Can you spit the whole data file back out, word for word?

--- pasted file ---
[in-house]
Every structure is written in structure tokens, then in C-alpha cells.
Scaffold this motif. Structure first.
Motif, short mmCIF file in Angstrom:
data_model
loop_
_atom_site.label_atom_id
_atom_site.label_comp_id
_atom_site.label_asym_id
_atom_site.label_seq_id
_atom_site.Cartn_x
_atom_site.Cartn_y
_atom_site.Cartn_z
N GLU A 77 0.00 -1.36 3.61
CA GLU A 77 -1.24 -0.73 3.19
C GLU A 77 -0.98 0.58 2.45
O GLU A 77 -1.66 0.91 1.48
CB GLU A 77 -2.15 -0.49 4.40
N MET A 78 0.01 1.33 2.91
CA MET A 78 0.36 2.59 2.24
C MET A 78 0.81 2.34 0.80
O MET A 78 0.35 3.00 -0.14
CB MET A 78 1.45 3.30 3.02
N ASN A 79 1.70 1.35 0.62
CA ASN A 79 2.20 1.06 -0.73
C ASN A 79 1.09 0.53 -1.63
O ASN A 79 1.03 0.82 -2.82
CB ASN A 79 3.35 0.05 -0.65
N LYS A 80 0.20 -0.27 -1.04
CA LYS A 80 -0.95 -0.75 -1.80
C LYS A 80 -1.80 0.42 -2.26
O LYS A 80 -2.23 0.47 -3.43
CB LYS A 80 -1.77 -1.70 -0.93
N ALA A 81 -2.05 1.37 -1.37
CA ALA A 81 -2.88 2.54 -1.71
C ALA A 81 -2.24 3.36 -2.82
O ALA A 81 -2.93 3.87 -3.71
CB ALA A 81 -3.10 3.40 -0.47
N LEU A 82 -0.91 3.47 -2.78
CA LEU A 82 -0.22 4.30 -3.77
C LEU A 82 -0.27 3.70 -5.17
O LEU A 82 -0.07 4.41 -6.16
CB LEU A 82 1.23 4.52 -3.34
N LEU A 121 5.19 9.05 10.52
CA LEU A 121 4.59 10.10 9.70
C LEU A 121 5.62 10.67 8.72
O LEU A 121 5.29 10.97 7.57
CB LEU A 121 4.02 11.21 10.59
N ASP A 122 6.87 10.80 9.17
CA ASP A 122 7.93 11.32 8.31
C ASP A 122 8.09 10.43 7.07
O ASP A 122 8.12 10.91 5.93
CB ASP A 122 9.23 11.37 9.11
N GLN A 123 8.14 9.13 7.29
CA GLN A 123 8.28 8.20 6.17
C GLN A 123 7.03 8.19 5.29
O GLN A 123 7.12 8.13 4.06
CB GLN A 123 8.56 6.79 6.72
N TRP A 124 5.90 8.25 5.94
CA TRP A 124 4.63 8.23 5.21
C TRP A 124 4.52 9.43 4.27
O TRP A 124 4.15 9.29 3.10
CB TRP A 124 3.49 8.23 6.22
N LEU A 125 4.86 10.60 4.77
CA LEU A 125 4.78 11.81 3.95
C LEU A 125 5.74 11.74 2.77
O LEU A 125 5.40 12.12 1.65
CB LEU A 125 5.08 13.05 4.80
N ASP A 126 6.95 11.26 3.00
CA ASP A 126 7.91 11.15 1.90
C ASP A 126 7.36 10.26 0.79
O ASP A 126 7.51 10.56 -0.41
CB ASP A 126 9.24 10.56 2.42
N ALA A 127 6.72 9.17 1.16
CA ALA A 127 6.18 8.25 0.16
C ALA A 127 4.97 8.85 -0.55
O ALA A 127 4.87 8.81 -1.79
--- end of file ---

[in-house]
Every structure is written in structure tokens, then in C-alpha cells.
Scaffold this motif. Structure first.
Motif, short mmCIF file in Angstrom:
data_model
loop_
_atom_site.label_atom_id
_atom_site.label_comp_id
_atom_site.label_asym_id
_atom_site.label_seq_id
_atom_site.Cartn_x
_atom_site.Cartn_y
_atom_site.Cartn_z
N GLU A 77 0.00 -1.36 3.61
CA GLU A 77 -1.24 -0.73 3.19
C GLU A 77 -0.98 0.58 2.45
O GLU A 77 -1.66 0.91 1.48
CB GLU A 77 -2.15 -0.49 4.40
N MET A 78 0.01 1.33 2.91
CA MET A 78 0.36 2.59 2.24
C MET A 78 0.81 2.34 0.80
O MET A 78 0.35 3.00 -0.14
CB MET A 78 1.45 3.30 3.02
N ASN A 79 1.70 1.35 0.62
CA ASN A 79 2.20 1.06 -0.73
C ASN A 79 1.09 0.53 -1.63
O ASN A 79 1.03 0.82 -2.82
CB ASN A 79 3.35 0.05 -0.65
N LYS A 80 0.20 -0.27 -1.04
CA LYS A 80 -0.95 -0.75 -1.80
C LYS A 80 -1.80 0.42 -2.26
O LYS A 80 -2.23 0.47 -3.43
CB LYS A 80 -1.77 -1.70 -0.93
N ALA A 81 -2.05 1.37 -1.37
CA ALA A 81 -2.88 2.54 -1.71
C ALA A 81 -2.24 3.36 -2.82
O ALA A 81 -2.93 3.87 -3.71
CB ALA A 81 -3.10 3.40 -0.47
N LEU A 82 -0.91 3.47 -2.78
CA LEU A 82 -0.22 4.30 -3.77
C LEU A 82 -0.27 3.70 -5.17
O LEU A 82 -0.07 4.41 -6.16
CB LEU A 82 1.23 4.52 -3.34
N LEU A 121 5.19 9.05 10.52
CA LEU A 121 4.59 10.10 9.70
C LEU A 121 5.62 10.67 8.72
O LEU A 121 5.29 10.97 7.57
CB LEU A 121 4.02 11.21 10.59
N ASP A 122 6.87 10.80 9.17
CA ASP A 122 7.93 11.32 8.31
C ASP A 122 8.09 10.43 7.07
O ASP A 122 8.12 10.91 5.93
CB ASP A 122 9.23 11.37 9.11
N GLN A 123 8.14 9.13 7.29
CA GLN A 123 8.28 8.20 6.17
C GLN A 123 7.03 8.19 5.29
O GLN A 123 7.12 8.13 4.06
CB GLN A 123 8.56 6.79 6.72
N TRP A 124 5.90 8.25 5.94
CA TRP A 124 4.63 8.23 5.21
C TRP A 124 4.52 9.43 4.27
O TRP A 124 4.15 9.29 3.10
CB TRP A 124 3.49 8.23 6.22
N LEU A 125 4.86 10.60 4.77
CA LEU A 125 4.78 11.81 3.95
C LEU A 125 5.74 11.74 2.77
O LEU A 125 5.40 12.12 1.65
CB LEU A 125 5.08 13.05 4.80
N ASP A 126 6.95 11.26 3.00
CA ASP A 126 7.91 11.15 1.90
C ASP A 126 7.36 10.26 0.79
O ASP A 126 7.51 10.56 -0.41
CB ASP A 126 9.24 10.56 2.42
N ALA A 127 6.72 9.17 1.16
CA ALA A 127 6.18 8.25 0.16
C ALA A 127 4.97 8.85 -0.55
O ALA A 127 4.87 8.81 -1.79